Lilypad Forktails are also out! Check sites with White Waterlily, but don't overlook damselflies on watershield either! We spotted some at Mothapalooza last weekend, with only watershield and spatterdock plants visible.

Other upcoming events:
July 19-20 Coyote Run Bioblitz (Pickerington, Ohio) Join us to document as many species of all living organisms as we can in 24 hours! Make sure to register! https://www.ohwetlands.org/bioblitz-2019.html
July 20 Clean-Up at Delaware Lake (Delaware, Ohio) Use a canoe and kayak to help clean up the lake. Maybe even document some dragonflies while you are on the water? Register on their webpage. https://www.eventbrite.com/e/clean-up-at-delaware-lake-tickets-61152769580
July 21 Chadwick Arboretum Open House (Columbus, Ohio) Enjoy the annual arboretum open house for a chance to see dragonflies and damselflies.
July 27, 2019 2-3 PM Surveying for Dragonflies at Mill Stream Run Reservation (Berea, Ohio) Join Naturalist Marty Calabrese for another opportunity to observe dragonflies and damselflies. Observations will be uploaded to Ohio Odonata Survey via iNaturalist. ID skills not required. Nets provided.
August 3, 2019 2 PM Dragonfly Exploration (Lima, Ohio) McLean Teddy Bear Park [2004 N Dixie Hwy, Lima, OH 45801] Join a naturalist for a short presentation on these incredible insects followed by fun activities! Learn why dragon and damselflies are important for wetlands, how to safely handle dragons, and much more. Try your hand at using dip nets to find nymphs or practice with your camera to document species for a statewide survey. Some nets will be provided, be prepared for the weather and to get your feet wet/muddy.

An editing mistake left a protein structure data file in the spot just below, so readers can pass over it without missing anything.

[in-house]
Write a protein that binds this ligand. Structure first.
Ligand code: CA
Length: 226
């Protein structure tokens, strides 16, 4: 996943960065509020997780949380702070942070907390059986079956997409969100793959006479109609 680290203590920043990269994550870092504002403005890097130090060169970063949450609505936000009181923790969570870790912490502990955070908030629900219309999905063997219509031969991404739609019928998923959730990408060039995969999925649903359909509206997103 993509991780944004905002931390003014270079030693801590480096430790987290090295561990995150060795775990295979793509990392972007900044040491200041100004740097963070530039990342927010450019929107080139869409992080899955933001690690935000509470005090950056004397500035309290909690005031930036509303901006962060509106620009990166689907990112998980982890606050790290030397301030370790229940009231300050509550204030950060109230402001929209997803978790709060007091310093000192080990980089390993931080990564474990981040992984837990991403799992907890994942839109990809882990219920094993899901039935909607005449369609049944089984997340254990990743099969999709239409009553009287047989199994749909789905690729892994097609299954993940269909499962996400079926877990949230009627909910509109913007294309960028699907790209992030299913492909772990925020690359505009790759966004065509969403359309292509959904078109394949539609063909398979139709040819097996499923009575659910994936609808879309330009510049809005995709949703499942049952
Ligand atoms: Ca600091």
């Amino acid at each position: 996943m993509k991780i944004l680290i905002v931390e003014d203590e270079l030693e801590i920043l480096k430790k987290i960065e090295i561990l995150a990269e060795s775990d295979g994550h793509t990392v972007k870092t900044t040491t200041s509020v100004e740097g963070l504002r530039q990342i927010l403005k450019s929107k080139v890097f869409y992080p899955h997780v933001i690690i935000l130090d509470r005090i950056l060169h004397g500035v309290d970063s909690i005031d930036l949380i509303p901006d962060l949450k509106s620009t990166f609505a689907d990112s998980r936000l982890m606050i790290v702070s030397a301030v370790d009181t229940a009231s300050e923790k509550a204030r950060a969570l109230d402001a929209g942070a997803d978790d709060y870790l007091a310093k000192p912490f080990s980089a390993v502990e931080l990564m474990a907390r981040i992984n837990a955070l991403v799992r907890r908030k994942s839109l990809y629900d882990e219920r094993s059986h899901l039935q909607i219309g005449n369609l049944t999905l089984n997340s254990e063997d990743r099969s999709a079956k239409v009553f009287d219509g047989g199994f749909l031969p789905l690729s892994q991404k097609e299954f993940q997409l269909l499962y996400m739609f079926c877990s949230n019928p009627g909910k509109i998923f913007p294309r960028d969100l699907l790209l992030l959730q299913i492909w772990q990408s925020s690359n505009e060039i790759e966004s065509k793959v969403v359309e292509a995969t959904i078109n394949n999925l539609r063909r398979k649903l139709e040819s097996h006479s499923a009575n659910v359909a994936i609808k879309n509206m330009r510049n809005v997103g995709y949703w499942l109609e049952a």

(more events the rest of the summer listed on the webpage)

Am I missing other water related events? Do you want one near you? Let me know and I will try to work something out!

Stay hydrated,
MaLisa Spring
State Coordinator of the Ohio Dragonfly Survey

Posted on July 18, 2019 16:48 by malisaspring malisaspring | 0 comments | Leave a comment
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On some new or poorly-known millipedes from Chile and Argentina (Diplopoda)

ABSTRACT. A fresh collection of Diplopoda from Chile and Argentina appears to contain 16 identifiable species, mostly richly illustrated, among which four are new: Argentocricus iguazu sp.n. (Rhinocricidae, Spirobolida) from Argentina, as well as Semnosoma eskovi sp.n., Abatodesmus simplicior sp.n. and Anaulacodesmus bifidus sp.n. (all Dalodesmidae, Polydesmida) from Chile.The following new synonymy is established: Monenchodesmus inermis Silvestri, 1903 = Monenchodesmus inermis nahuelhuapiensis Schubart, 1954 = Monenchodesmus tiganus Chamberlin, 1957, syn.n. (the validname the first). The species Anaulacodesmus lacustris Schubart, 1954, previously known only from the Andean parts of Argentina bordering on Chile, is recorded from Chile for the first time.

Descarga Directa: https://mega.nz/#!HpNEVQgQ!Q9IWKLWWHLQYaHF7S8rRvMb61pEEr5CUaWMKDmkDq4w

Posted on July 18, 2019 12:20 by gmalonso gmalonso | 0 comments | Leave a comment
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National Moth Week 2019 - July 20th to July 28th

http://nationalmothweek.org/register-a-nmw-event-2019/

Still time to register - even for private events that contribute to raising awareness

I will be running a private event on Sat 27th, probably (weather permitting), but have many other priorities ongoing, so my involvement is limitied this year

Posted on July 18, 2019 09:10 by hkmoths hkmoths | 0 comments | Leave a comment
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National Moth Week 2019

http://nationalmothweek.org/register-a-nmw-event-2019/

Still time to register - even for private events that contribute to raising awareness

Posted on July 18, 2019 09:03 by hkmoths hkmoths | 0 comments | Leave a comment